Some gamers and members of the press treat Sony's PlayStation Home service for the PlayStation 3 as sort of an oddball among other online gaming-related activities. Here's a service born out of the virtual world craze that implements microtransactions, and serves as a marketing tool for consumer products. And your 3D avatar has to walk around a lot.
Recently, an employee with Veemee, developer of the Home space London Pub, even found it necessary to reportedly say that Home is "not shit" during the Game in Scotland event earlier this year -- apparently he felt that enough people thought Home was shit to warrant such a comment.
PlayStation Home director Jack Buser acknowledges the skepticism and criticism that the service has garnered since its December 2008 beta launch. But he thinks there's an explanation for it.
"Home is new. We're doing a lot of really new stuff that I think the industry is still wrapping its head around," he said. "We're seeing a lot of innovation in the space, and some of us have hit success."
He added: "And I think it takes some time as the industry as a whole, whether that be consumers or whether that be the media, to start to shift their focus to these new types of platforms and see how people are actually spending their time with the console and with gaming in general. I think we are part of that evolution, part of that conversation."
"...The proof is in the pudding," Buser concluded. "With numbers like we have, it goes without saying that Home has been a huge success for our company, something that we have been very proud of."
Buser can rattle off the latest Home numbers on command: Over 100 games on the service; average user session of 70 minutes; over 50 virtual Home spaces; 85 percent of Home users at any given time have been there before; and 14 million users (defined as anyone who has ever downloaded the client and come into Home). With limited context, those numbers would indicate a healthy Home business.
The most interesting numbers -- those relating to the Home business' sales and profits -- aren't for public consumption, however. "We haven't talked too much about the platform itself, but what we have said is that every mature virtual item we have ever created has been profitable," Buser said. "We've released over 5,000 virtual items on the platform, and we know that once those items reach maturity, they are profitable. So you see us creating a tremendous amount of virtual items, because it is such a high margin business for us to be in."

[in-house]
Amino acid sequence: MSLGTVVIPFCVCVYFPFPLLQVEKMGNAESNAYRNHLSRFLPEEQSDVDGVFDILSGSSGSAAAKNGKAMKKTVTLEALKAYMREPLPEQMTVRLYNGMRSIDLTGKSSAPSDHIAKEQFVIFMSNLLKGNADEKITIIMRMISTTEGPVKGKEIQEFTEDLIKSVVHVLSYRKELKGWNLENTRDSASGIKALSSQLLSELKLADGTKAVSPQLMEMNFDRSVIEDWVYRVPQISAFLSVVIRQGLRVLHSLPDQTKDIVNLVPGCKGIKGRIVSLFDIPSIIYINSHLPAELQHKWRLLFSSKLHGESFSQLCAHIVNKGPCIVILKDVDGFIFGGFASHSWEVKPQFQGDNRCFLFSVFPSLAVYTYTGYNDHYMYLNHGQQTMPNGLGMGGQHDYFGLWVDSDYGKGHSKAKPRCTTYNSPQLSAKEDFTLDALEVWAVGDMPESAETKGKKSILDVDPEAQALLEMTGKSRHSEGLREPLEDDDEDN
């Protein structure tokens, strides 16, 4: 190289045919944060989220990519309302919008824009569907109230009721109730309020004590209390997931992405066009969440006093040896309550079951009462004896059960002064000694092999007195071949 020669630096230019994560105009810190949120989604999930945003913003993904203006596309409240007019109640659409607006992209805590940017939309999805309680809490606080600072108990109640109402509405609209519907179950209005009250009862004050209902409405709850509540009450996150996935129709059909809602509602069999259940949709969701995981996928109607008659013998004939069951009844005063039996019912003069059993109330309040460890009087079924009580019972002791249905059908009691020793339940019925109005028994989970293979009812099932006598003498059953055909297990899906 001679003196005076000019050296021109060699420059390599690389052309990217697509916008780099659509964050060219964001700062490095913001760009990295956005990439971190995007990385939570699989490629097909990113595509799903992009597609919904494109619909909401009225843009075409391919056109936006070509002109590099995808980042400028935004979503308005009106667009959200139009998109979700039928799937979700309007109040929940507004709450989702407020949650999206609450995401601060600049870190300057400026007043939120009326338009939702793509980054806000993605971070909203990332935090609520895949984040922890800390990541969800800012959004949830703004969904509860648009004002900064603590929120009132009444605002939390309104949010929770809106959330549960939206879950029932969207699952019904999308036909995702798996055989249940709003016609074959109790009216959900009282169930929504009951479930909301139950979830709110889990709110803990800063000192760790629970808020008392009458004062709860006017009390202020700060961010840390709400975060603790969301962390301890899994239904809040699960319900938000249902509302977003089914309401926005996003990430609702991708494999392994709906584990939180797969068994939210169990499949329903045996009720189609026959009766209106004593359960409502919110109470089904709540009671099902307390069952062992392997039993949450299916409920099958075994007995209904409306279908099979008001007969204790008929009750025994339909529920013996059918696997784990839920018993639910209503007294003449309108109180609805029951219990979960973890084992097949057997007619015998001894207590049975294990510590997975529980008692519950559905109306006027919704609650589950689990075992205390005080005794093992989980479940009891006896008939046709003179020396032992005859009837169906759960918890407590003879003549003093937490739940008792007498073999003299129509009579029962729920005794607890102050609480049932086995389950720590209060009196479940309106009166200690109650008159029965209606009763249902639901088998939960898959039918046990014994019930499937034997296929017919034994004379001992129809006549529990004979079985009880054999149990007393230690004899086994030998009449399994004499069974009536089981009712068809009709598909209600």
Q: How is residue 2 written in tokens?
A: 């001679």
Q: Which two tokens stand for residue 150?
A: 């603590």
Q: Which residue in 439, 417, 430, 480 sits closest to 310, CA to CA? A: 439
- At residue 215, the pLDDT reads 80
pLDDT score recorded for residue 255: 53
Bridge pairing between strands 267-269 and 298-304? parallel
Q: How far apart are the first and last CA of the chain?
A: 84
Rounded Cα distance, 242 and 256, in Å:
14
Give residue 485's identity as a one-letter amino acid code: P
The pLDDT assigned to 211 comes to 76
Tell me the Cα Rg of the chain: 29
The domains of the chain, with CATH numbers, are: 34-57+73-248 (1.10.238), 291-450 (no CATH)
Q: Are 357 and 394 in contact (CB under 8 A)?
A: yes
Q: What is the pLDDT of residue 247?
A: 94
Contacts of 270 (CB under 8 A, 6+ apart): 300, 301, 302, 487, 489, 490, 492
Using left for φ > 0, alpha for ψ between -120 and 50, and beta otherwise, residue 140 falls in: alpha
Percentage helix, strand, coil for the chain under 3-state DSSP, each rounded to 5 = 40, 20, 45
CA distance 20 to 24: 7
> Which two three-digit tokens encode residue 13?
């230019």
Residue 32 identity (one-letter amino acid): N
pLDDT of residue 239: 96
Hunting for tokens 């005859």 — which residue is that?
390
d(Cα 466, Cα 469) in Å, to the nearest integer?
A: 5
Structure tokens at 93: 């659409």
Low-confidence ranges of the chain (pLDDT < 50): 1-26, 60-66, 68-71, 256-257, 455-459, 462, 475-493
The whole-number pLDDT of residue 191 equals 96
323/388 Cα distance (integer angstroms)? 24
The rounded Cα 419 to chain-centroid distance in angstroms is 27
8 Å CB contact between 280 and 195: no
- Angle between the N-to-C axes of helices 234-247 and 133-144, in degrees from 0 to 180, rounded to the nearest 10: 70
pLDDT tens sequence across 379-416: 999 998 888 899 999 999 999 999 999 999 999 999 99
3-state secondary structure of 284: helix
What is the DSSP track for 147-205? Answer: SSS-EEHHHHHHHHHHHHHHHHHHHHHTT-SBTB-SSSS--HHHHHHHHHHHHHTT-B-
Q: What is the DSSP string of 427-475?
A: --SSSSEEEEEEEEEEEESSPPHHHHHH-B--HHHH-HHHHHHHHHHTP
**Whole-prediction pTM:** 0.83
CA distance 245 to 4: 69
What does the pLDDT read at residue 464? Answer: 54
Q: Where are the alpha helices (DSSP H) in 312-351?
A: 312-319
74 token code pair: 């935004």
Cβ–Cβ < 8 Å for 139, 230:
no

It's natural that Home would have higher profit margins compared to Sony's bread-and-butter packaged video game business. It costs a lot less to create a virtual item and deliver it digitally than it does an expensive, full physical product found at brick-and-mortar retail.
The craze over virtual items originated on online PCs in Asia, where it became commonplace to buy, for example, clothing for an avatar for a few cents per piece via a social network. Now that Facebook has opened up social gaming, microtransactions have taken hold in the West with games like FarmVille and Pet Society.
Avid console gamers -- like the ones that Buser said PlayStation Home caters to today -- aren't known for their penchant for paid virtual garments. Buser said that's changing, and that U.S. console gamers are "absolutely not" resistant to the microtransaction business model.
"In fact, I would say that it is a very good business model for PlayStation, and quite profitable, I might add," Buser said. "I like to say it's one of the highest-margin businesses in the games industry."
And with the advent of DLC and other means of developers selling their products more directly to consumers, gamers are becoming conditioned to new ways to buy and experience games. "I think today the idea of virtual items transactions is becoming par for the course for a lot of gamers," said Buser.
"They're understanding that through micropayments, they can gain social context and social capital, or they can through gameplay context, upgrade their gameplay experience through microtransactions. And that's just becoming part of gaming."
What Sony is doing now is trying to make Home increasingly relevant to the more traditional gamer -- the one that's playing games like SOCOM, Red Dead Redemption and BioShock. Part of the growth strategy for Home is what Buser calls "Total Game Integration."
This is where in-game activity might unlock virtual Home items, as seen in the PS3 version of Red Dead Redemption, or the opposite, when activity in Home unlocks features or items in games. "We'll also see games build out extensions to narrative, such as what you saw in BioShock 2," he said. "It's this whole idea of expanding the world of your favorite games inside home. That's another big pillar of our strategy moving forward."
Buser wants to continue evolve Home from a a virtual hangout for 3D avatars to a social network that really appeals to gamers. After all, PlayStation is supposed to be about gaming, not wandering around aimlessly in a rendered world. "Our heritage is games, it's in our DNA, but it's also in the DNA of our users,' said Buser. "Games are the glue that can bind the social network together."